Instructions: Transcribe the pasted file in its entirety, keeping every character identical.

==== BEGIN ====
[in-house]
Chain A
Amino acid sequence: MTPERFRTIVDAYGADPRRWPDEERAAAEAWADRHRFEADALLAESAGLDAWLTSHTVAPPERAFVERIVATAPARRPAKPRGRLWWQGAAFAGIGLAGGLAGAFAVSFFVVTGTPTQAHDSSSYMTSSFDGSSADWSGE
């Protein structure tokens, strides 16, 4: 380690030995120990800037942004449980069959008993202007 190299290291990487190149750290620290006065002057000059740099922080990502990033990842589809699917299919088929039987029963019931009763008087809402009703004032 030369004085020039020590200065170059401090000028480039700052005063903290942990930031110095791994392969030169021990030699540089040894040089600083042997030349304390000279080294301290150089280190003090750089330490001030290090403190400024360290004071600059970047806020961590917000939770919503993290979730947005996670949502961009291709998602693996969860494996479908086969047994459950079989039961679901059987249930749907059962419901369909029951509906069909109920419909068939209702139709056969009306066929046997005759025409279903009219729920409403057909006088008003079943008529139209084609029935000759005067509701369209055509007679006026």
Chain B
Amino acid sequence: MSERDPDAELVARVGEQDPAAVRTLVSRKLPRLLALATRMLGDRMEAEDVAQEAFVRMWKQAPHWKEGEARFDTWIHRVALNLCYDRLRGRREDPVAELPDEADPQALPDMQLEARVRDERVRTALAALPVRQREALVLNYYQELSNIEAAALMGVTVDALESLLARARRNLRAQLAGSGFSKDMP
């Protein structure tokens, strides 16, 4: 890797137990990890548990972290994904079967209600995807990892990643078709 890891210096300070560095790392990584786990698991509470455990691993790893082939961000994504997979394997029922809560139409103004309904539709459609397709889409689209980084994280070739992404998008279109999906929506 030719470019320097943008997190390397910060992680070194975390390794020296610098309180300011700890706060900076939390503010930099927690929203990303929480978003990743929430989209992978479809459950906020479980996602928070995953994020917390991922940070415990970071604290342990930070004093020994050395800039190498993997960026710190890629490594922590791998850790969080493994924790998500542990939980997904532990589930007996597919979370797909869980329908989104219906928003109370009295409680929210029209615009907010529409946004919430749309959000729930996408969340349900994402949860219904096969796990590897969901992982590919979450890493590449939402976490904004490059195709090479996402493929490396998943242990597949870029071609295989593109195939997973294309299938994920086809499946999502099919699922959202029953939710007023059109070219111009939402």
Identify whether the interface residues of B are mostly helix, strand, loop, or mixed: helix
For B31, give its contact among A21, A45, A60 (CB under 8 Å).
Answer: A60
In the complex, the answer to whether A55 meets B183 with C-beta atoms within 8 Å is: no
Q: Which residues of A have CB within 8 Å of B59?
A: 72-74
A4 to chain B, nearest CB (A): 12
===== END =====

[in-house]
Chain A
Amino acid sequence: MTPERFRTIVDAYGADPRRWPDEERAAAEAWADRHRFEADALLAESAGLDAWLTSHTVAPPERAFVERIVATAPARRPAKPRGRLWWQGAAFAGIGLAGGLAGAFAVSFFVVTGTPTQAHDSSSYMTSSFDGSSADWSGE
């Protein structure tokens, strides 16, 4: 380690030995120990800037942004449980069959008993202007 190299290291990487190149750290620290006065002057000059740099922080990502990033990842589809699917299919088929039987029963019931009763008087809402009703004032 030369004085020039020590200065170059401090000028480039700052005063903290942990930031110095791994392969030169021990030699540089040894040089600083042997030349304390000279080294301290150089280190003090750089330490001030290090403190400024360290004071600059970047806020961590917000939770919503993290979730947005996670949502961009291709998602693996969860494996479908086969047994459950079989039961679901059987249930749907059962419901369909029951509906069909109920419909068939209702139709056969009306066929046997005759025409279903009219729920409403057909006088008003079943008529139209084609029935000759005067509701369209055509007679006026």
Chain B
Amino acid sequence: MSERDPDAELVARVGEQDPAAVRTLVSRKLPRLLALATRMLGDRMEAEDVAQEAFVRMWKQAPHWKEGEARFDTWIHRVALNLCYDRLRGRREDPVAELPDEADPQALPDMQLEARVRDERVRTALAALPVRQREALVLNYYQELSNIEAAALMGVTVDALESLLARARRNLRAQLAGSGFSKDMP
């Protein structure tokens, strides 16, 4: 890797137990990890548990972290994904079967209600995807990892990643078709 890891210096300070560095790392990584786990698991509470455990691993790893082939961000994504997979394997029922809560139409103004309904539709459609397709889409689209980084994280070739992404998008279109999906929506 030719470019320097943008997190390397910060992680070194975390390794020296610098309180300011700890706060900076939390503010930099927690929203990303929480978003990743929430989209992978479809459950906020479980996602928070995953994020917390991922940070415990970071604290342990930070004093020994050395800039190498993997960026710190890629490594922590791998850790969080493994924790998500542990939980997904532990589930007996597919979370797909869980329908989104219906928003109370009295409680929210029209615009907010529409946004919430749309959000729930996408969340349900994402949860219904096969796990590897969901992982590919979450890493590449939402976490904004490059195709090479996402493929490396998943242990597949870029071609295989593109195939997973294309299938994920086809499946999502099919699922959202029953939710007023059109070219111009939402």
Identify whether the interface residues of B are mostly helix, strand, loop, or mixed: helix
For B31, give its contact among A21, A45, A60 (CB under 8 Å).
Answer: A60
In the complex, the answer to whether A55 meets B183 with C-beta atoms within 8 Å is: no
Q: Which residues of A have CB within 8 Å of B59?
A: 72-74
A4 to chain B, nearest CB (A): 12